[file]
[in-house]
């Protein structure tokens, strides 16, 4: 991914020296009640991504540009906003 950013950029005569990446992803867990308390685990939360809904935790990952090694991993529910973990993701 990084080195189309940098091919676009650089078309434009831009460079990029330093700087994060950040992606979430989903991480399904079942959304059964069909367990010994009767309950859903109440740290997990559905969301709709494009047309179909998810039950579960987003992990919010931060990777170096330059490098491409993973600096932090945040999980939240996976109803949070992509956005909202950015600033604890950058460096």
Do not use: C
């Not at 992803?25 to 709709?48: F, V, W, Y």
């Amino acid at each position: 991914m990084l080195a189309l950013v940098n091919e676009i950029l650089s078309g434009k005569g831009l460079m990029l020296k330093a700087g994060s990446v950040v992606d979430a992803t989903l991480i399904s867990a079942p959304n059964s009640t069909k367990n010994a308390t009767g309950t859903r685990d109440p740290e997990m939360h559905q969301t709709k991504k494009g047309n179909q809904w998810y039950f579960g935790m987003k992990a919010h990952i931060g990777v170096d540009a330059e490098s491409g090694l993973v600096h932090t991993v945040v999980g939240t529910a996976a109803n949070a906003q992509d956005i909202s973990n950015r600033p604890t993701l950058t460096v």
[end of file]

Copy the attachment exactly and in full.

[in-house]
């Protein structure tokens, strides 16, 4: 991914020296009640991504540009906003 950013950029005569990446992803867990308390685990939360809904935790990952090694991993529910973990993701 990084080195189309940098091919676009650089078309434009831009460079990029330093700087994060950040992606979430989903991480399904079942959304059964069909367990010994009767309950859903109440740290997990559905969301709709494009047309179909998810039950579960987003992990919010931060990777170096330059490098491409993973600096932090945040999980939240996976109803949070992509956005909202950015600033604890950058460096």
Do not use: C
């Not at 992803?25 to 709709?48: F, V, W, Y």
């Amino acid at each position: 991914m990084l080195a189309l950013v940098n091919e676009i950029l650089s078309g434009k005569g831009l460079m990029l020296k330093a700087g994060s990446v950040v992606d979430a992803t989903l991480i399904s867990a079942p959304n059964s009640t069909k367990n010994a308390t009767g309950t859903r685990d109440p740290e997990m939360h559905q969301t709709k991504k494009g047309n179909q809904w998810y039950f579960g935790m987003k992990a919010h990952i931060g990777v170096d540009a330059e490098s491409g090694l993973v600096h932090t991993v945040v999980g939240t529910a996976a109803n949070a906003q992509d956005i909202s973990n950015r600033p604890t993701l950058t460096v």